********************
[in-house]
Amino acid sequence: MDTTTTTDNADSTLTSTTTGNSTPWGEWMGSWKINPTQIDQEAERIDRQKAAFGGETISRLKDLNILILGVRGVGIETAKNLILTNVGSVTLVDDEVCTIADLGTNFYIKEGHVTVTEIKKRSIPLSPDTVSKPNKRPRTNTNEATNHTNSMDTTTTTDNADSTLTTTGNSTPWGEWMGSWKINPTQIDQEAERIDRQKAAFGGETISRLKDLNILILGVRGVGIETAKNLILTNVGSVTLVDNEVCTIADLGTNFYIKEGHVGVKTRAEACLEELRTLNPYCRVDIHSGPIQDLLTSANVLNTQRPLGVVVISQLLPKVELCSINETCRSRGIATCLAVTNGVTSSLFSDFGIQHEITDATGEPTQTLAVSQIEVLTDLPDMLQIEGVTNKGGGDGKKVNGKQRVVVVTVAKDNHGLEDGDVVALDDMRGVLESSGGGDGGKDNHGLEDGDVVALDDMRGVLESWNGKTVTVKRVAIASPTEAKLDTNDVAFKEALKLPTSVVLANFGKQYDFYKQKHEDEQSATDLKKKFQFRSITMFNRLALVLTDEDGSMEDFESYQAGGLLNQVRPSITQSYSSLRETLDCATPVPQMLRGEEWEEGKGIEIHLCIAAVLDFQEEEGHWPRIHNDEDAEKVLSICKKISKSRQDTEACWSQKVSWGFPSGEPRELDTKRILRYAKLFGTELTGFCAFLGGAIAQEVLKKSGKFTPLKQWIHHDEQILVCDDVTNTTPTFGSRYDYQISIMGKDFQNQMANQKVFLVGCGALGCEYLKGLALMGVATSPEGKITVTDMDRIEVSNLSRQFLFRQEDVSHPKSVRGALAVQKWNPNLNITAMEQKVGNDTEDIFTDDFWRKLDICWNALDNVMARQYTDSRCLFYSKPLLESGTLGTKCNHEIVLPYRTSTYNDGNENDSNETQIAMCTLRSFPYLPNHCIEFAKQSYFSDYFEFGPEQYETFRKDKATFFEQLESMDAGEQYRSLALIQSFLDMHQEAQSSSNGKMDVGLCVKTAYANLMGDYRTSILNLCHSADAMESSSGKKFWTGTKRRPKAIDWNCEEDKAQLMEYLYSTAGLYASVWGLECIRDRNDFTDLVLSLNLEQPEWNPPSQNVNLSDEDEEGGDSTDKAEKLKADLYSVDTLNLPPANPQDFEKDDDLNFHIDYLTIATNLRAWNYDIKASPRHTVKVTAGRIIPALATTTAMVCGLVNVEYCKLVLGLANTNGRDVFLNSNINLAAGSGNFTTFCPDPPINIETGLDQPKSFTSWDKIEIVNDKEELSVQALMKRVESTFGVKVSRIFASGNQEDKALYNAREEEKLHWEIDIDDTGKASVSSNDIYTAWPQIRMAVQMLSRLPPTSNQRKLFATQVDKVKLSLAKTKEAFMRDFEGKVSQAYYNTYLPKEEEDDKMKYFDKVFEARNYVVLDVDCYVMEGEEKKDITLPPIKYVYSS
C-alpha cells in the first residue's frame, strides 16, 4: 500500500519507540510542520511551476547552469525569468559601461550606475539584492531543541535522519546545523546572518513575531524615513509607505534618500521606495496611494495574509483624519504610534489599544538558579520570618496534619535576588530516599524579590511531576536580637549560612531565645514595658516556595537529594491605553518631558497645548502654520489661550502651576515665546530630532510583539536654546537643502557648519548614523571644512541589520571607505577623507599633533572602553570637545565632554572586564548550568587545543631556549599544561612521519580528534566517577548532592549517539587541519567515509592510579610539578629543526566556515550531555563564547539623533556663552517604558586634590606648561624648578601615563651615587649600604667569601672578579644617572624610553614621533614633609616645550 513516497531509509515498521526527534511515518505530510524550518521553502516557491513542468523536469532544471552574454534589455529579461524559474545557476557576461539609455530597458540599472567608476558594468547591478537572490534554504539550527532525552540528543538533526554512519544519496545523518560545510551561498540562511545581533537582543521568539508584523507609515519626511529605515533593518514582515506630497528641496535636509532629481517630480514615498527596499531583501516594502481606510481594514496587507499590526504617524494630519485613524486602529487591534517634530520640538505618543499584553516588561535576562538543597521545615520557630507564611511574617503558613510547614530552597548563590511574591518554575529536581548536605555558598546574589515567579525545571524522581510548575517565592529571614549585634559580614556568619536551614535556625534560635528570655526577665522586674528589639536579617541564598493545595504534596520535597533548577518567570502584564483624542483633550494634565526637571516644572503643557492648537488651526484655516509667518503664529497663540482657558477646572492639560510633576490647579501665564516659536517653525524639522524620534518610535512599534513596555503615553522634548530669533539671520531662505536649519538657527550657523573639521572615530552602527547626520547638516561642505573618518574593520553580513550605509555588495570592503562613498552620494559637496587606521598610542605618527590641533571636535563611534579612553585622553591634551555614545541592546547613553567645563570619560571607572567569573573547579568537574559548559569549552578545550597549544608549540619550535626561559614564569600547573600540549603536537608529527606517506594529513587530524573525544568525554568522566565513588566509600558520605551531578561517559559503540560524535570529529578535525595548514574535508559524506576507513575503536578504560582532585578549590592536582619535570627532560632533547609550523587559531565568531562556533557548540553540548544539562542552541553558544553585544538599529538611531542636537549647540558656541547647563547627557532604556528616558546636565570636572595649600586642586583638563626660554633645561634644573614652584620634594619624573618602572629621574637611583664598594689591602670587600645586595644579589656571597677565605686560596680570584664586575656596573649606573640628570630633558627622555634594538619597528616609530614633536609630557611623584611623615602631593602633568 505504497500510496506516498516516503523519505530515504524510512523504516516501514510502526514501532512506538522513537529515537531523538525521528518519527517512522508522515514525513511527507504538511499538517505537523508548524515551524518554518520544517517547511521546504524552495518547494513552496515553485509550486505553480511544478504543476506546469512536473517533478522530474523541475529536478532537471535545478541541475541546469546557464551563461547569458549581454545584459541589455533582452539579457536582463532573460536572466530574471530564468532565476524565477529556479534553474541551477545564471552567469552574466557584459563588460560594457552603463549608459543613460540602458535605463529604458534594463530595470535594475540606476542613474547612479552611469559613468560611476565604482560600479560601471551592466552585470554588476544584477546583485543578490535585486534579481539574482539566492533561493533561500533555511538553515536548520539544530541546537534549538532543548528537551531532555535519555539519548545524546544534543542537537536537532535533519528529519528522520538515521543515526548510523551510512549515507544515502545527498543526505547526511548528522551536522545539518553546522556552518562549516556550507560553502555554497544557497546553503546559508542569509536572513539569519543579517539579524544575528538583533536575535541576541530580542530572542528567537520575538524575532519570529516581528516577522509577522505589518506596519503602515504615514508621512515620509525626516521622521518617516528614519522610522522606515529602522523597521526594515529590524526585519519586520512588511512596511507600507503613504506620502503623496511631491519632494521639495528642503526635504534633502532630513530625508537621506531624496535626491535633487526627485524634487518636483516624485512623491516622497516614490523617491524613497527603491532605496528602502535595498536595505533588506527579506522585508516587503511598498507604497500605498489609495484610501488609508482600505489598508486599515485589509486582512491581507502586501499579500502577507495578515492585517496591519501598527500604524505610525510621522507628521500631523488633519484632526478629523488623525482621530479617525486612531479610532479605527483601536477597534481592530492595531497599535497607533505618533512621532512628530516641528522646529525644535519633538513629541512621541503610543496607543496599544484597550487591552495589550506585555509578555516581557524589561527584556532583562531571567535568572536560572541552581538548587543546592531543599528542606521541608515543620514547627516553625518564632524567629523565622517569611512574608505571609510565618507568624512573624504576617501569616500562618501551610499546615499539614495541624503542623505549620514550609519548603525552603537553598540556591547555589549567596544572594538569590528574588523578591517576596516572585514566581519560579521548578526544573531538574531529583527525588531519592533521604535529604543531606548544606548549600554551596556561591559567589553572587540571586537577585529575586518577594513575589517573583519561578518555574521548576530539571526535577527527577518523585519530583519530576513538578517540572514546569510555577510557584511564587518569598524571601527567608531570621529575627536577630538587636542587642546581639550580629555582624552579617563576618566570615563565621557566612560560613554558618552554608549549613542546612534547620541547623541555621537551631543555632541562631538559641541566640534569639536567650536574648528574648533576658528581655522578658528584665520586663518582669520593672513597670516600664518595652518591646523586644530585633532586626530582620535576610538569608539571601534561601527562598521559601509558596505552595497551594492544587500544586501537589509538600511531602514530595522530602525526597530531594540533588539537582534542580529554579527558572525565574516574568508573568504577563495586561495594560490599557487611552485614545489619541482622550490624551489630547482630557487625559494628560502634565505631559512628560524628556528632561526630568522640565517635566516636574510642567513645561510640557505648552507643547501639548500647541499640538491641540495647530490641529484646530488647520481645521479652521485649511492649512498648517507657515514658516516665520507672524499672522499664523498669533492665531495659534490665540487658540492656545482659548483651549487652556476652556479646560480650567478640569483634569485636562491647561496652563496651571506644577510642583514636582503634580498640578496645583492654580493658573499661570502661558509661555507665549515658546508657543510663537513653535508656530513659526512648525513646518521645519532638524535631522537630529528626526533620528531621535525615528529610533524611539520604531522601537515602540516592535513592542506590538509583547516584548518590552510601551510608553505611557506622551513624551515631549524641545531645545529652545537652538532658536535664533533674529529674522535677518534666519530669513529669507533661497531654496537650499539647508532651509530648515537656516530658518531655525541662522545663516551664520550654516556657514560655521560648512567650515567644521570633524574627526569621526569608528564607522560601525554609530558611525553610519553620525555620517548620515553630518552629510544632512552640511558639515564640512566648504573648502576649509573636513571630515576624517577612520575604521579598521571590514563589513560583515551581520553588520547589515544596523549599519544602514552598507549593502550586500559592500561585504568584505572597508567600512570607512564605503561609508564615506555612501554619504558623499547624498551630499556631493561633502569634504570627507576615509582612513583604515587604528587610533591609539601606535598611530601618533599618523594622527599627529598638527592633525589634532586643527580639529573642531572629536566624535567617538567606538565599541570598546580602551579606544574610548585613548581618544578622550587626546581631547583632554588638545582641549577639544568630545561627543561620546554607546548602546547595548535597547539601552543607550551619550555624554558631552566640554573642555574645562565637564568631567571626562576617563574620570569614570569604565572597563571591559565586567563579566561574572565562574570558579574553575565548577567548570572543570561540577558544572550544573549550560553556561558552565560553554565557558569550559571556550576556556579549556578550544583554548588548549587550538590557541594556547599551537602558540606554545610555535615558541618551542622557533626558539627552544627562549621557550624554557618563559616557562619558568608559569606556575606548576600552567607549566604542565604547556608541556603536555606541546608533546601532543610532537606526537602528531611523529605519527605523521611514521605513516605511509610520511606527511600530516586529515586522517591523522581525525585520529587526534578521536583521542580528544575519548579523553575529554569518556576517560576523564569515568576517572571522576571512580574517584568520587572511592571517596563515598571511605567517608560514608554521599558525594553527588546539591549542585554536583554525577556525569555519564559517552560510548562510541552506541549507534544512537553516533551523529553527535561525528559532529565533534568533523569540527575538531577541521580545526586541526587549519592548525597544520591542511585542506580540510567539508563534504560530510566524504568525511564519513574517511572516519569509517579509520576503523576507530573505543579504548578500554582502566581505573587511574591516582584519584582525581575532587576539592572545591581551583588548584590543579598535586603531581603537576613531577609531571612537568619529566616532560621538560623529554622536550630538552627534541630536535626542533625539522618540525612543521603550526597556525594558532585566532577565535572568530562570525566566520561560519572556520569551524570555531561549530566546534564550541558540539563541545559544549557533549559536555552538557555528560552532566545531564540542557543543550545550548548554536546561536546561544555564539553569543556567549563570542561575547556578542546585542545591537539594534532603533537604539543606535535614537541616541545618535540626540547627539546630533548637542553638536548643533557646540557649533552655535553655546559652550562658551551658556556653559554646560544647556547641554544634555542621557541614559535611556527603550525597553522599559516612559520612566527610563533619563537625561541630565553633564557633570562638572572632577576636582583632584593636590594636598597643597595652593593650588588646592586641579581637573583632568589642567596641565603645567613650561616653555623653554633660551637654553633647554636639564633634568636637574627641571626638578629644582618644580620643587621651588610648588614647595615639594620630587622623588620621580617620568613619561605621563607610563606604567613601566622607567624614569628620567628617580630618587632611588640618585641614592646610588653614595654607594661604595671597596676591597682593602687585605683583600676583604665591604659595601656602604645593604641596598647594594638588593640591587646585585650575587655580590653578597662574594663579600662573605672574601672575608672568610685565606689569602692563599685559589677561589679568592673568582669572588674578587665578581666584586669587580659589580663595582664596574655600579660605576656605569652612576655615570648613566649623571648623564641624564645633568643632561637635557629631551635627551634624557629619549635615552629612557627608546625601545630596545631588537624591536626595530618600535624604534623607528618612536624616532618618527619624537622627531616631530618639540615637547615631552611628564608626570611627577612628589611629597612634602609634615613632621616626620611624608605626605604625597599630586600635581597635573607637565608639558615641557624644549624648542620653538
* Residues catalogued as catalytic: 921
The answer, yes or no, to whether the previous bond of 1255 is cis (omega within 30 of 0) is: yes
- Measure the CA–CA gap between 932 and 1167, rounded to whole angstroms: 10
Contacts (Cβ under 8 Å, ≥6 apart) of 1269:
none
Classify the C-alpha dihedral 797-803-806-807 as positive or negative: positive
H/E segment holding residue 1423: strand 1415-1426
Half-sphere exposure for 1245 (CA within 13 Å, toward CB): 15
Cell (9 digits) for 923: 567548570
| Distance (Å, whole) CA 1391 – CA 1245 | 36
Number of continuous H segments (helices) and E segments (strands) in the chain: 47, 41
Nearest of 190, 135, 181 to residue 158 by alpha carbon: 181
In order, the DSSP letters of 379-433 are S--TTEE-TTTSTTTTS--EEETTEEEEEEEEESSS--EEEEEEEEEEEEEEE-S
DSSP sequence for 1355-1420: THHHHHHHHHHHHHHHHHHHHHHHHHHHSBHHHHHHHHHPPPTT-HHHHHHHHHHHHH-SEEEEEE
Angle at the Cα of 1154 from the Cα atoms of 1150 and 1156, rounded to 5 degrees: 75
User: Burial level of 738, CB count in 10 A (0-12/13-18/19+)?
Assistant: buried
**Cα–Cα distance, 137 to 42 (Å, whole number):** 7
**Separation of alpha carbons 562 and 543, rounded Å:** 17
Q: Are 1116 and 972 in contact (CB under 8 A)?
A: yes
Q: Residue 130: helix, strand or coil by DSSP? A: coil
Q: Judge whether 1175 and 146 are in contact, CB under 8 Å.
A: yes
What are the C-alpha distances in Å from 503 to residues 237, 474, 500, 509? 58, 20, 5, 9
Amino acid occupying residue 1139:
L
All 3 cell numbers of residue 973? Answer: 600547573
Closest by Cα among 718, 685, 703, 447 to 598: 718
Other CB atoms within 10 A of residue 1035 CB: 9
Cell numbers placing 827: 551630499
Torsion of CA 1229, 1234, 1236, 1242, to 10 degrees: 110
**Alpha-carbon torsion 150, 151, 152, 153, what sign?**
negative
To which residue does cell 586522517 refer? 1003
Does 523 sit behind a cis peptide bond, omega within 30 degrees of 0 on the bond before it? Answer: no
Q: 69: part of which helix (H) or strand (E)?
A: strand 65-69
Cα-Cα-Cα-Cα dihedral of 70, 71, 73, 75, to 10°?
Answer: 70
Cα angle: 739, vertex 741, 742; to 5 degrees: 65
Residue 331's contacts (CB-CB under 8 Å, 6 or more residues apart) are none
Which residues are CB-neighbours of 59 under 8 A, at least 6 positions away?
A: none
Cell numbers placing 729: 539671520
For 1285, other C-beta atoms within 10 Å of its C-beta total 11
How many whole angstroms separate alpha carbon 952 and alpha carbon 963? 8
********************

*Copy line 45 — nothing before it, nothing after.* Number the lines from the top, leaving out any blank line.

Residue 331's contacts (CB-CB under 8 Å, 6 or more residues apart) are none